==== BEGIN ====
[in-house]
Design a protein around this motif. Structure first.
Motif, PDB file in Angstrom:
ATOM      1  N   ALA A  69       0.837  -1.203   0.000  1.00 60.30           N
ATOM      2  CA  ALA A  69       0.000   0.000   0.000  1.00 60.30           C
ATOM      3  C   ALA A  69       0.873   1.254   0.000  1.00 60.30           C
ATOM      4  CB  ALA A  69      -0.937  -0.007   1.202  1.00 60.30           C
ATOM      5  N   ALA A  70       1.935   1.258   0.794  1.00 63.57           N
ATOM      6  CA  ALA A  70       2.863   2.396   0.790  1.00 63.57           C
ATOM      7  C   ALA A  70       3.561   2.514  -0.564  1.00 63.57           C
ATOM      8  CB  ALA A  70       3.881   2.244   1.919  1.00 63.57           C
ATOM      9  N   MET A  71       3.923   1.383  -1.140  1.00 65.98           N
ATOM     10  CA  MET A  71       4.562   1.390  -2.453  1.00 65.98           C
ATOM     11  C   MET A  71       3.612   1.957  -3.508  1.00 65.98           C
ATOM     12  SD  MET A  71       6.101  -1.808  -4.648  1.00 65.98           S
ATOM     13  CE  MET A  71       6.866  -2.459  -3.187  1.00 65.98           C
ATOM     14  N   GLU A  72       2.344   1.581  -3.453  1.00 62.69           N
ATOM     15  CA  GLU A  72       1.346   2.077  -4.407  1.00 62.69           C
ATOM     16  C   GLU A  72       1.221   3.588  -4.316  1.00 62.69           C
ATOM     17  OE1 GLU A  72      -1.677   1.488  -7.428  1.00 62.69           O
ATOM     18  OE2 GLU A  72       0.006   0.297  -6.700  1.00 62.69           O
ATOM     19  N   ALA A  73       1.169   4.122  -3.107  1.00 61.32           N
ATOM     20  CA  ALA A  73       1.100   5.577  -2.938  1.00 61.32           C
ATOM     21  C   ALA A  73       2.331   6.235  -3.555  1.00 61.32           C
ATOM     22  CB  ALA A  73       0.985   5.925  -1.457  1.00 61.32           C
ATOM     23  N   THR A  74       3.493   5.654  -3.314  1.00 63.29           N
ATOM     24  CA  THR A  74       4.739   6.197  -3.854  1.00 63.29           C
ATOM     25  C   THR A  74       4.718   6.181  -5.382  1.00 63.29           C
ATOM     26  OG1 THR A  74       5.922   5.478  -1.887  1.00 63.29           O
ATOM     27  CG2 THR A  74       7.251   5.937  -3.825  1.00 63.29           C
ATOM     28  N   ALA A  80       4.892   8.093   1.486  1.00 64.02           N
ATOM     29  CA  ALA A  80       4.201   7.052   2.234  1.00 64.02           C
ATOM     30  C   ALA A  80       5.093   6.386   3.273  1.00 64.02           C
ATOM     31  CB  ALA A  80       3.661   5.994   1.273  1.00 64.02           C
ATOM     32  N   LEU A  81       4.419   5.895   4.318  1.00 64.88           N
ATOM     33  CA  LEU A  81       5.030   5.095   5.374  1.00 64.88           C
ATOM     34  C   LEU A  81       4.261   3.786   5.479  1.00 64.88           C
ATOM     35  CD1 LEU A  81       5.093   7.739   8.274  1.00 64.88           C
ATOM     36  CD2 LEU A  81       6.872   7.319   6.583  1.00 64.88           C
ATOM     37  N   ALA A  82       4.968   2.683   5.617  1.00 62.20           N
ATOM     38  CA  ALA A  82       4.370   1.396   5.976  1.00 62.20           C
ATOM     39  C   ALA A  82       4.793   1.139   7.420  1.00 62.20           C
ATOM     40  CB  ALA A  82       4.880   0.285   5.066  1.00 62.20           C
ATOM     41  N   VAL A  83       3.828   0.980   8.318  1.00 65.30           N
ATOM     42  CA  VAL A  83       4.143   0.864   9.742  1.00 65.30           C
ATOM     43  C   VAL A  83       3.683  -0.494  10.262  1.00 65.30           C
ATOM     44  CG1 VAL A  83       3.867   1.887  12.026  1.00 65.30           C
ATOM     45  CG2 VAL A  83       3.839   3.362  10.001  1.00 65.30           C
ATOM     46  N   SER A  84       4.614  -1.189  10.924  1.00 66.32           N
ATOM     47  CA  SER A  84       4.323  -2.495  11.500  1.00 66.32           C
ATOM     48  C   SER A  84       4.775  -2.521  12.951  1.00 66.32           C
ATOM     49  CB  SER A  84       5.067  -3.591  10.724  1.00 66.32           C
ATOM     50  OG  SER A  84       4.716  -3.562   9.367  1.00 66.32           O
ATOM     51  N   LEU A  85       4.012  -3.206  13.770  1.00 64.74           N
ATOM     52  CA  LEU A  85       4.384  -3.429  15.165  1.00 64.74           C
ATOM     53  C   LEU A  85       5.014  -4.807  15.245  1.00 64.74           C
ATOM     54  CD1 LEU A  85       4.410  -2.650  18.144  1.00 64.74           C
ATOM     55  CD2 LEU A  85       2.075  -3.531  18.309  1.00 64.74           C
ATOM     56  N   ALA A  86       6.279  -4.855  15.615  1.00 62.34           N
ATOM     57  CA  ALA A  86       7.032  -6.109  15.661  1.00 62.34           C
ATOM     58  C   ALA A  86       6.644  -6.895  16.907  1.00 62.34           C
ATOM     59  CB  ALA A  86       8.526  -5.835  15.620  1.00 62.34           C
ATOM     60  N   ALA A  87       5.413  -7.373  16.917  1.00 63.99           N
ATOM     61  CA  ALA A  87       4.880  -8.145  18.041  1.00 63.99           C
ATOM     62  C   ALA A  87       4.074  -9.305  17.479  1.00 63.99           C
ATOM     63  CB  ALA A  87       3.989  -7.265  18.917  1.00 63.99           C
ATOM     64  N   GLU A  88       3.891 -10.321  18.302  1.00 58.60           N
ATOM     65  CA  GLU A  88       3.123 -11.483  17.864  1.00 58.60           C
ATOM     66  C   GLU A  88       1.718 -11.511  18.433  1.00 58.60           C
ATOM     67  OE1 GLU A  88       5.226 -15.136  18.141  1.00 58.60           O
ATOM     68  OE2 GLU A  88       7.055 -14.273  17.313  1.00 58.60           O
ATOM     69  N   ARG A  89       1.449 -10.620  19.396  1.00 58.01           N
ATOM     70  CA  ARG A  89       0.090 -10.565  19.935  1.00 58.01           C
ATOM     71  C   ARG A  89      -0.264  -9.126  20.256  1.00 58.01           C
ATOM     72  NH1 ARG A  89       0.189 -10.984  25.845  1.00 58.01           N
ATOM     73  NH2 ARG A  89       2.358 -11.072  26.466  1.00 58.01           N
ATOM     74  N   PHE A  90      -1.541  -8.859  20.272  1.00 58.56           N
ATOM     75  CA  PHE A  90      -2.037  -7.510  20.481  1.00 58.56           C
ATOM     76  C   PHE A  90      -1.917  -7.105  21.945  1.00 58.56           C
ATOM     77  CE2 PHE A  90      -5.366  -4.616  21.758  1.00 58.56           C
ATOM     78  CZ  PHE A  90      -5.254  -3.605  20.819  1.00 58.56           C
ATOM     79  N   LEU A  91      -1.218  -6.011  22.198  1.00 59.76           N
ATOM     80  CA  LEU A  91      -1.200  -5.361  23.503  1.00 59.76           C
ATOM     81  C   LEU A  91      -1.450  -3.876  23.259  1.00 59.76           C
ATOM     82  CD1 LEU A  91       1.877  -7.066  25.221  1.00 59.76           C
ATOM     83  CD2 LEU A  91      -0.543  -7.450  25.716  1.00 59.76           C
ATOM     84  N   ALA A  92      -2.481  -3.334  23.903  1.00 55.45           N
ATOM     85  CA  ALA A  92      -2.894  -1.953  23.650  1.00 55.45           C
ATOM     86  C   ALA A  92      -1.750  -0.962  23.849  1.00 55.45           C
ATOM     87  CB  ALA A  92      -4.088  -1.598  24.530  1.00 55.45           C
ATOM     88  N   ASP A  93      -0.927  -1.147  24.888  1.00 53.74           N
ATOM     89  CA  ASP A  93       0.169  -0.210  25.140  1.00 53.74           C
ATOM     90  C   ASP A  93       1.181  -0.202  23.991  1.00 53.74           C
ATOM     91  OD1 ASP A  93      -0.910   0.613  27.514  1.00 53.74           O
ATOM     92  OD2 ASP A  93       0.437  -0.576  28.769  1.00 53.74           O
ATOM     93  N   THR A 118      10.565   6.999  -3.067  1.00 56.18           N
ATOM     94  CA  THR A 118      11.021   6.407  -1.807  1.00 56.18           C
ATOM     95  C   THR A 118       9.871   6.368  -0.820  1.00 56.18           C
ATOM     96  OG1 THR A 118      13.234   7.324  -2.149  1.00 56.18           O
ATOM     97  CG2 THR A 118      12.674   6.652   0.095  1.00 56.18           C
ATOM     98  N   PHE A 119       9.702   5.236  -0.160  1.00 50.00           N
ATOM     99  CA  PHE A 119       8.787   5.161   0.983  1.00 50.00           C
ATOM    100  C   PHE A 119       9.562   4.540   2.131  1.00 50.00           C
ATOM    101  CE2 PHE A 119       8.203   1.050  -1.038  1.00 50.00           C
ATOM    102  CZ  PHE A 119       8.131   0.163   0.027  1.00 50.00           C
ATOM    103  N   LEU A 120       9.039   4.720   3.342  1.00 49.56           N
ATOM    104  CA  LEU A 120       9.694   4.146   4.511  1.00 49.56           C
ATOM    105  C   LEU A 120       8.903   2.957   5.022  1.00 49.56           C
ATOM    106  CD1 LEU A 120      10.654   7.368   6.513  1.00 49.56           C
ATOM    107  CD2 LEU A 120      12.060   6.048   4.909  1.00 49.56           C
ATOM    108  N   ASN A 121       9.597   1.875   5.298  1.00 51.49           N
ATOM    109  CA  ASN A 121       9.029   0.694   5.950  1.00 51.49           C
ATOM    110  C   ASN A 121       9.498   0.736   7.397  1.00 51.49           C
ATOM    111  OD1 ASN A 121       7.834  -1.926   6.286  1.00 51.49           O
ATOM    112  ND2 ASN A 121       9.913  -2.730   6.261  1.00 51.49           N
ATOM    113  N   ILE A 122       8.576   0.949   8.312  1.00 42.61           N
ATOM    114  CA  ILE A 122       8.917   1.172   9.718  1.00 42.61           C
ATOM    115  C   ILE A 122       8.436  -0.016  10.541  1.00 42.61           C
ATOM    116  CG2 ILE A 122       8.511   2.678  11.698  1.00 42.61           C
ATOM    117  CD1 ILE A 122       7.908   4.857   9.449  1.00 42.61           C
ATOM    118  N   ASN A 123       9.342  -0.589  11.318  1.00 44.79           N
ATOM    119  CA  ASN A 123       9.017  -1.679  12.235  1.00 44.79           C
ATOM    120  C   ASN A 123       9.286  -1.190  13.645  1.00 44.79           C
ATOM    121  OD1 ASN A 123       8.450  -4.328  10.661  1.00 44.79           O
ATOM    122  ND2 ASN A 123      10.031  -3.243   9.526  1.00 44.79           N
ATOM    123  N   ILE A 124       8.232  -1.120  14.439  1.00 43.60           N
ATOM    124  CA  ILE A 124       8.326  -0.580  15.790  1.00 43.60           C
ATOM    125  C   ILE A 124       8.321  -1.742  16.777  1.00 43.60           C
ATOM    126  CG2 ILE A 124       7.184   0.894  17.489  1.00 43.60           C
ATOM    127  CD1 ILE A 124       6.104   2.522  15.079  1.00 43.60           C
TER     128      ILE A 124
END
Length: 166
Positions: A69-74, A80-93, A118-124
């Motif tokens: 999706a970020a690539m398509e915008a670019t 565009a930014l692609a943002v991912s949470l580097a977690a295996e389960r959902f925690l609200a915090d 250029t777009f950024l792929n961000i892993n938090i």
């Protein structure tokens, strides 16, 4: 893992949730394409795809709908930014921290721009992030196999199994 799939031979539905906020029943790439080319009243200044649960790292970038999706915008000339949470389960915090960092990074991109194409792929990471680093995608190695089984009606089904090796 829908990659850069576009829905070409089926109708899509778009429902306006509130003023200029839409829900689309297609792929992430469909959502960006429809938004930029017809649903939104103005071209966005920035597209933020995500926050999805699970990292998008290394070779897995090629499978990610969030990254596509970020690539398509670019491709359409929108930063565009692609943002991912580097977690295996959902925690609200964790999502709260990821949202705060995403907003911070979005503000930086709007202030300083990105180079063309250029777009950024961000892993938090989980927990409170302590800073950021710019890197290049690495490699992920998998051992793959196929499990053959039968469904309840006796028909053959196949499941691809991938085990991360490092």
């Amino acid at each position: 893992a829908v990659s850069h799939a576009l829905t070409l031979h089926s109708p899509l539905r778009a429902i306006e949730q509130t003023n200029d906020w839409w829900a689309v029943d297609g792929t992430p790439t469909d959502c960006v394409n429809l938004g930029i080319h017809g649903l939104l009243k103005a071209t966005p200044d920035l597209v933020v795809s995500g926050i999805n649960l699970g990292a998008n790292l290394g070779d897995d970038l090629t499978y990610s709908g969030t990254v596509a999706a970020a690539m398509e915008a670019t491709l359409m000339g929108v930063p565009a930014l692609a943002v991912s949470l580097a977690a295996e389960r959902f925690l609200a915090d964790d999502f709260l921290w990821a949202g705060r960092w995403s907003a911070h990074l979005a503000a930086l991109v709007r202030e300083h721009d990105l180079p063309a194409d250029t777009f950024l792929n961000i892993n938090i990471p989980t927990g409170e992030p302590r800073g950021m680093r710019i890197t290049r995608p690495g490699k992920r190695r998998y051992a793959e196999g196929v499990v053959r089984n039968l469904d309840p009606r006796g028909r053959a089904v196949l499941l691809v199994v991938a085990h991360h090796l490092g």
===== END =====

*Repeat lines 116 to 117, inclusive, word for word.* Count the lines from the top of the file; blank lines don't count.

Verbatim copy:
ATOM    113  N   ILE A 122       8.576   0.949   8.312  1.00 42.61           N
ATOM    114  CA  ILE A 122       8.917   1.172   9.718  1.00 42.61           C